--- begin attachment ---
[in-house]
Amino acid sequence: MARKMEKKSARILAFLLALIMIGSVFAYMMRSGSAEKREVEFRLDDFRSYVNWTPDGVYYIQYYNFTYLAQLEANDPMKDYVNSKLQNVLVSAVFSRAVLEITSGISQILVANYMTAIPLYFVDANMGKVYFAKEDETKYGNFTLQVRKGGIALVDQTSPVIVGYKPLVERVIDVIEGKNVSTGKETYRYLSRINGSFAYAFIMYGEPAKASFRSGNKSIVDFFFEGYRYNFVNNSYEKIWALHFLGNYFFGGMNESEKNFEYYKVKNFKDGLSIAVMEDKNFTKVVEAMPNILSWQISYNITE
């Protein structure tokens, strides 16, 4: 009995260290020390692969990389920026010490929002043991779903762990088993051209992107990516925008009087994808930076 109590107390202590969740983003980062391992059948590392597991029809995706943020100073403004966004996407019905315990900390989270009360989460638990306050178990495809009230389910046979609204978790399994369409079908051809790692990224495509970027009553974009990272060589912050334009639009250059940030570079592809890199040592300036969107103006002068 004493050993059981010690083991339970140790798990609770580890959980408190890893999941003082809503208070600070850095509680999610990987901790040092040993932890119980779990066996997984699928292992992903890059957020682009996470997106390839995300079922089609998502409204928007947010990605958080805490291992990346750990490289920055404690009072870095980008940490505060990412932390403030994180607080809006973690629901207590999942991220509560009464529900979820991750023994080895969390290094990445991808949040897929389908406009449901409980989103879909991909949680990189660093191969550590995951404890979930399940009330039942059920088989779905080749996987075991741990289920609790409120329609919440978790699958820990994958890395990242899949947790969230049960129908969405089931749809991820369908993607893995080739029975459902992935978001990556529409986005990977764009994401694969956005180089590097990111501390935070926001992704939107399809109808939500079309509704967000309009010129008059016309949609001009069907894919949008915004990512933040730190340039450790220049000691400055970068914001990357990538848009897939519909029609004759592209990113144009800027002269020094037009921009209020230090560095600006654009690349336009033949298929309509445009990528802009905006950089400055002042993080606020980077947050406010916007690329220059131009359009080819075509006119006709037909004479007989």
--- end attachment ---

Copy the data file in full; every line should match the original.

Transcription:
[in-house]
Amino acid sequence: MARKMEKKSARILAFLLALIMIGSVFAYMMRSGSAEKREVEFRLDDFRSYVNWTPDGVYYIQYYNFTYLAQLEANDPMKDYVNSKLQNVLVSAVFSRAVLEITSGISQILVANYMTAIPLYFVDANMGKVYFAKEDETKYGNFTLQVRKGGIALVDQTSPVIVGYKPLVERVIDVIEGKNVSTGKETYRYLSRINGSFAYAFIMYGEPAKASFRSGNKSIVDFFFEGYRYNFVNNSYEKIWALHFLGNYFFGGMNESEKNFEYYKVKNFKDGLSIAVMEDKNFTKVVEAMPNILSWQISYNITE
């Protein structure tokens, strides 16, 4: 009995260290020390692969990389920026010490929002043991779903762990088993051209992107990516925008009087994808930076 109590107390202590969740983003980062391992059948590392597991029809995706943020100073403004966004996407019905315990900390989270009360989460638990306050178990495809009230389910046979609204978790399994369409079908051809790692990224495509970027009553974009990272060589912050334009639009250059940030570079592809890199040592300036969107103006002068 004493050993059981010690083991339970140790798990609770580890959980408190890893999941003082809503208070600070850095509680999610990987901790040092040993932890119980779990066996997984699928292992992903890059957020682009996470997106390839995300079922089609998502409204928007947010990605958080805490291992990346750990490289920055404690009072870095980008940490505060990412932390403030994180607080809006973690629901207590999942991220509560009464529900979820991750023994080895969390290094990445991808949040897929389908406009449901409980989103879909991909949680990189660093191969550590995951404890979930399940009330039942059920088989779905080749996987075991741990289920609790409120329609919440978790699958820990994958890395990242899949947790969230049960129908969405089931749809991820369908993607893995080739029975459902992935978001990556529409986005990977764009994401694969956005180089590097990111501390935070926001992704939107399809109808939500079309509704967000309009010129008059016309949609001009069907894919949008915004990512933040730190340039450790220049000691400055970068914001990357990538848009897939519909029609004759592209990113144009800027002269020094037009921009209020230090560095600006654009690349336009033949298929309509445009990528802009905006950089400055002042993080606020980077947050406010916007690329220059131009359009080819075509006119006709037909004479007989």